Hill was in his late twenties when work began on the C House, and is now in his mid fifties. He has never owned a house and claims to have no desire to create his own home in the future, preferring to rent, share with others and periodically move on. An intensely thoughtful and occasionally introspective figure, he currently divides his time between offices in Hobart, Brisbane and Melbourne, where much of his ongoing work is based. Hill’s laser-sharp insights into domestic architecture’s possibilities and limitations seem to stem from his own experiences as an eternal outsider, social animal and housing sceptic. He compares the claustrophobic floorplan of a standard suburban house to a memorable beach shack he once stayed in, where the bedrooms were placed in the corners, facilitating both privacy and togetherness. Hill’s ideal dwelling is a flexible space that generously caters to the separate itineraries of residents, guests and even visiting workers. “Only a quarter of Australian houses are actually occupied by families,” he says, “but few houses have been designed to adapt to different household types.” According to Hill, the associated regimes of the nuclear family and corporate hierarchy tend to reinforce repressive and outdated distinctions between life and work, culture and commerce. Among his many gifts is an uncanny knack for seeing through norms and subverting orthodoxies.

In the two decades that followed completion of the C House, Donovan Hill evolved from a fledgling partnership into one of Australia’s most awarded architectural offices, with four directors and as many as 50 staff. The practice became a training ground for the next generation of Brisbane architects, with former employees going on to found Hogg & Lamb, Richards & Spence, Vokes and Peters, and a host of other successful firms. What has made Donovan Hill’s work so influential is that it did not just challenge expectations of Queensland architecture, it revealed Queensland architecture’s untapped potential. The heat and humidity of the region’s subtropical climate necessitates shade and shelter, but also demands exposure to the elements, with cooling breezes a source of comfort and relief. Balancing enclosure and openness, Donovan Hill seized on the opportunity to create rooms that are neither inside nor outside but somewhere in-between, dematerialising the expected boundaries between public and private realms.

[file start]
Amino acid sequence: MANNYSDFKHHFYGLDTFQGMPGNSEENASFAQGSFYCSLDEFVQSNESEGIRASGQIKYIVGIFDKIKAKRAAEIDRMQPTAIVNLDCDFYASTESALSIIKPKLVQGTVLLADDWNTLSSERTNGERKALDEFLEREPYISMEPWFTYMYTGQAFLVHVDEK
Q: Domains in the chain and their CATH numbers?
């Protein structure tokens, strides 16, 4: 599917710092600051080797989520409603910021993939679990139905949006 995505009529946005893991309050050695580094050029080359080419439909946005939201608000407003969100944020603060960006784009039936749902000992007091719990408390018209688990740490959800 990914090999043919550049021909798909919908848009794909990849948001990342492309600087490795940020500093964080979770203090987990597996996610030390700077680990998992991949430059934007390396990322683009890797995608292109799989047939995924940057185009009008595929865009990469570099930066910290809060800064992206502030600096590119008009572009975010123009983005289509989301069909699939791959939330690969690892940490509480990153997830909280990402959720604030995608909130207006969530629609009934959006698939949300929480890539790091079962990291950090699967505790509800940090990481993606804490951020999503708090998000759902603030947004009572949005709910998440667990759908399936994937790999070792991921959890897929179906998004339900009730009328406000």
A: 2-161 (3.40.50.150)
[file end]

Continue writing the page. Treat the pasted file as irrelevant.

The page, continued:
This spatial ambiguity is compellingly demonstrated by the D House, one of Donovan Hill’s smallest but most significant projects. A two-bedroom, single-storey dwelling, the D House occupies the rear portion of a subdivided lot on an unremarkable street in Brisbane’s inner north, and so provides a widely applicable model for suburban infill development. Between the house’s boundary walls and its modest interior is a pebbled garden that seems to slip under glass panes and infiltrate the living room. A large timber screen retracts to reveal a panoramic slice of domestic life to the street beyond. By bringing the garden and the outside world into the house, the design makes an otherwise constrained space feel limitless, almost weightless. 

Joyful confusion of what lies within and without is a key aspect of all Donovan Hill projects, whether small or large, domestic or civic. You can be inside a Donovan Hill building before you’ve even crossed the threshold, but on reaching the interior might still find yourself outdoors. Working alongside Peddle Thorp Architects, the firm did not so much renovate and extend the State Library of Queensland as turn the entire building inside out. The library’s monolithic late-’80s exterior is punctured by asymmetrical additions that bring the building to the river, with terraced walkways that skim the water and a suspended auditorium that frames a cinematically blinkered view of ripples and reflections. A public thoroughfare bisects the ground floor, providing access to a covered lobby that remains continually open to passers-by and the outside air, minimising the extent of air-conditioned and secure spaces. The fluidity and openness of the architecture is mirrored in the digital realm, with the library one of Australia’s first institutions to offer free wireless internet access, luring students and backpackers to its glowing passageways by night. Completed in 2006, the building’s transformation garnered the highest national awards for both public architecture and interiors, a feat Donovan Hill managed to repeat seven years later through its collaboration with Wilson Architects on the Translational Research Institute (TRI).